Spontaneity ([ ʃpɔntaneiˈtɛːt ], from French. Spontanéité to late Latin . Spontaneus from spons “own will, drive”; also spontaneity [ ˌʃpɔntaniˈtɛːt ]) describes colloquially involuntary mental processes, a characteristic that makes someone act unexpectedly or often Act .
This is to be distinguished from the use in philosophy , which refers to the occurrence of an event without sufficient reason.
List of colloquial facets of meaning
Spontaneity of mental processes
- the emergence of emotions (albeit caused by people or situations )
- the emergence of many thoughts and " inspirations "
- of associations
- and sometimes memories
In this sense, “spontaneous” is also synonymous with “ involuntary ”.
The person follows his own drive in a way that is often surprisingly quick for the environment , based on
- a special level of intuition
- good experience in dealing with one's own emotions
- unusually quick deliberation or determination
- a kind of reflex (more likely with physical events)
- is an important design factor in the performance of musical works
- is based on active listening and experience in dealing with sound and time
- is the basis of musical improvisation , solo and in a group
Spontaneity as a character trait
Spontaneity in a positive sense:
- not planning too much , e.g. B. not plan your vacation far beyond the flight
- Include your own feelings and those of a partner in decisions
- to be able to adapt to new situations at short notice
Spontaneous behavior that is classified as rash, hasty, inappropriate or uncontrolled is also referred to as impulsive .
Spontaneity in the negative sense:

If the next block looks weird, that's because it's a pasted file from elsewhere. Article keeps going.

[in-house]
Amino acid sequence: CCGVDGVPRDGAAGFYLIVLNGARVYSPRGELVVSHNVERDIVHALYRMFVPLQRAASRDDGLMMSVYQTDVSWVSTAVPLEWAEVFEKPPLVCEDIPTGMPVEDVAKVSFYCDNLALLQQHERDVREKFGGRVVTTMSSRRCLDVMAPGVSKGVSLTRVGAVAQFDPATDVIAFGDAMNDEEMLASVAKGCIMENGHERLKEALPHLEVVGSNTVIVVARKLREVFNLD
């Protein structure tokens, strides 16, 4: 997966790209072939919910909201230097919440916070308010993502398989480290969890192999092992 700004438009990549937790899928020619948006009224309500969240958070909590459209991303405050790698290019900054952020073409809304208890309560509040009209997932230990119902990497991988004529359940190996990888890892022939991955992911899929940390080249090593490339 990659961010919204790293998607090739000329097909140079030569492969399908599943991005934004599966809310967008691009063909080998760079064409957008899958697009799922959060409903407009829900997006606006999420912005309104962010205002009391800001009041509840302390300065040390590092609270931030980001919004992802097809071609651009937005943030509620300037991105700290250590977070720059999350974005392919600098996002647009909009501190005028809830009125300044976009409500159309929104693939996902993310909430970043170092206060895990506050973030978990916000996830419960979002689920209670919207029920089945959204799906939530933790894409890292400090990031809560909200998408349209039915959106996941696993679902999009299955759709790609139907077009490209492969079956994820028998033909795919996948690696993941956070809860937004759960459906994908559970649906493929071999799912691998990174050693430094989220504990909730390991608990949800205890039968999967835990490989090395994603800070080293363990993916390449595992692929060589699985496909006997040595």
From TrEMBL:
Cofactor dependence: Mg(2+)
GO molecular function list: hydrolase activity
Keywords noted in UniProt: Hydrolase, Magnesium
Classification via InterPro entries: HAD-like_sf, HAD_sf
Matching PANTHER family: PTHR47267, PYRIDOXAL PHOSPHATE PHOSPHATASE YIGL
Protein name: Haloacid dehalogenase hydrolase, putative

- Do not want to commit yourself until the last moment in order not to have to anticipate your own feelings
- Not keeping appointments and agreements or keeping others waiting because you rely on the feeling instead of looking at the clock
- only to consider one's own feelings without regard to others
A lack of spontaneity makes you predictable and socially inflexible, which can lead to an excessive need for security and an abnormal social structure.
In philosophy, since Immanuel Kant , spontaneity means the ability of understanding and reason to do something on their own, be it by e.g. B. the mind spontaneously brings views under rules and thus comprehends phenomena that it has perceived (see also concept (philosophy) ), or that the will (as practical reason ) performs an action according to free decision, without itself from outside or from to let his feelings and inclinations determine.
The opposite term is receptivity . This is in contrast to the colloquial use of words, when a quick and situation-dependent reaction is described as spontaneous. The formation of concepts is not arbitrary in the narrower sense, but the determination of one's own intentions through reasonable maxims. Since for Kant the free determination of the will by reason leads to a self-commitment to the moral law , spontaneity and predictability are not opposites either.
- ↑ Immanuel Kant (1787): Critique of pure reason . B 74, B 93; Critique of Practical Reason , AA Volume V, 98 f.
- ^ Rudolf Eisler : Kant-Lexikon (1930), entry on spontaneity